Fields of Study

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    Chapters

1

Graduate Study

2

Admission and Registration

3

Degree Requirements

4

Fields of Study

5

Members of Graduate Studies Committees


 


Appendix
of course abbreviations


Graduate Catalog | 2005-2007
College of Liberal Arts

Classics

to courses in C C Classical Civilization | GK Greek | LAT Latin »
 

Master of Arts
Doctor of Philosophy

Facilities for Graduate Work

Library facilities, and a staff dedicated to assisting in research, reference, and collection needs, are located within the Department of Classics in Waggener Hall. Supporting material and staff are located in the Perry-Castaneda Library, the Architecture and Planning Library, the Fine Arts Library, and other branch units. The Classics Library holdings, totaling more than twenty-seven thousand volumes, cover all classical texts and most major commentaries, critical studies, archaeological and reference works, classical and archaeological periodicals, and standard electronic resources such as Dyabola, Gnomon, and DCB. Students also have access to the Swenson Coin Collection, the Meritt and Reinmuth squeeze collections, and a collection of original drawings, photographs, and notes on ancient architecture by Lucy Shoe Meritt. Holdings of the Harry Ransom Humanities Research Center include a collection of Greek papyri from Egypt and many Renaissance editions of classical texts. The Battle Collection of plaster casts is housed in the Harry Ransom Center. The department also has a computer laboratory with the TLG, Perseus, and other databases. The Program in Aegean Scripts and Prehistory has a complete photographic archive of Aegean and Cypriote prehistoric inscriptions and related research materials. The department also has a large, well-equipped slide library with over seventy thousand slides and its own slide librarian and darkroom; several thousand images are available in digitized form. The department also has a full-time instructional technology specialist.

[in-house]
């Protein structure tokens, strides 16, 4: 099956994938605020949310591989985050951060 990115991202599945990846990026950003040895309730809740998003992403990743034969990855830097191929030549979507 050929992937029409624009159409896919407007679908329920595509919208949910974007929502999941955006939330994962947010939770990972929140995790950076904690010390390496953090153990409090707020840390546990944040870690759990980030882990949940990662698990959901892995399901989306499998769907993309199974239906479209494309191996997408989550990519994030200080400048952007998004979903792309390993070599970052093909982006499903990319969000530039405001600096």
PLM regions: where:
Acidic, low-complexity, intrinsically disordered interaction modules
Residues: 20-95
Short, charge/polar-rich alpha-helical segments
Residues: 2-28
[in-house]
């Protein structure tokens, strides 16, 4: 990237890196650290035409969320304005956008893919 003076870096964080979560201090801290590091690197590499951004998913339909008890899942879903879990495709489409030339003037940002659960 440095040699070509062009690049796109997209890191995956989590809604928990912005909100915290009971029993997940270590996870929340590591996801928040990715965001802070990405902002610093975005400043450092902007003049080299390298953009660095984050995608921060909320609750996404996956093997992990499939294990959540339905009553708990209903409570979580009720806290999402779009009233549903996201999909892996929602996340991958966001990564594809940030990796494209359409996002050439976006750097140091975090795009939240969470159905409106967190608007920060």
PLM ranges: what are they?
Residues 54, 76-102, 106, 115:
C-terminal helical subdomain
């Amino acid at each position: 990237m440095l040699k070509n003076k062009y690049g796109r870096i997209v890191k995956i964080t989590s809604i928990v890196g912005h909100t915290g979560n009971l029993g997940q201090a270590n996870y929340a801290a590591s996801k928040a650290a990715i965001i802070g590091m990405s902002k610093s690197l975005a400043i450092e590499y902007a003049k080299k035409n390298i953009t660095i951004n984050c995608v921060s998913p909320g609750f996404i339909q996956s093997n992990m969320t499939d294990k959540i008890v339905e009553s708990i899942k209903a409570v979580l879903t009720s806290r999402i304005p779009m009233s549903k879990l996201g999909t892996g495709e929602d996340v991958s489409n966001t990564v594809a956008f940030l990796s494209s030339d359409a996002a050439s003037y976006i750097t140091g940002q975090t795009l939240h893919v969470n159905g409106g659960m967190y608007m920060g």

Through the Institute of Classical Archaeology, the department sponsors archaeological fieldwork at Metaponto in southern Italy and at Chersonesus in the Crimea. The Institute for the Study of Antiquity and Christian Origins conducts fieldwork at Ostia in Italy. Participation is open to graduate students in the department.

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Areas of Study

Classics is an interdisciplinary field of study that includes all areas of classical antiquity: literature, history, art, archaeology, linguistics, religion, philosophy, and so on. Within these wide limits, the only restrictions on possible programs are the interests of the student and the availability of competent specialists to direct the student's work. The department offers special concentrations in classical archaeology and ancient history, and the Departments of Classics and Philosophy offer a cooperative doctoral program in ancient philosophy. The faculty also maintains close links with the Departments of History, English, Linguistics, and Art and Art History and with the Comparative Literature Program. A cooperative arrangement with the Institute of Nautical Archaeology at Texas A&M University makes courses in nautical archaeology and ancient seafaring available for University of Texas at Austin credit.

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Graduate Studies Committee

The following faculty members served on the Graduate Studies Committee in the spring semester 2004-2005.

David Armstrong
Joseph Coleman Carter
Lesley Ann Dean-Jones
Jennifer V. Ebbeler
Ingrid E. M. Edlund-Berry
Michael Gagarin
Karl Galinsky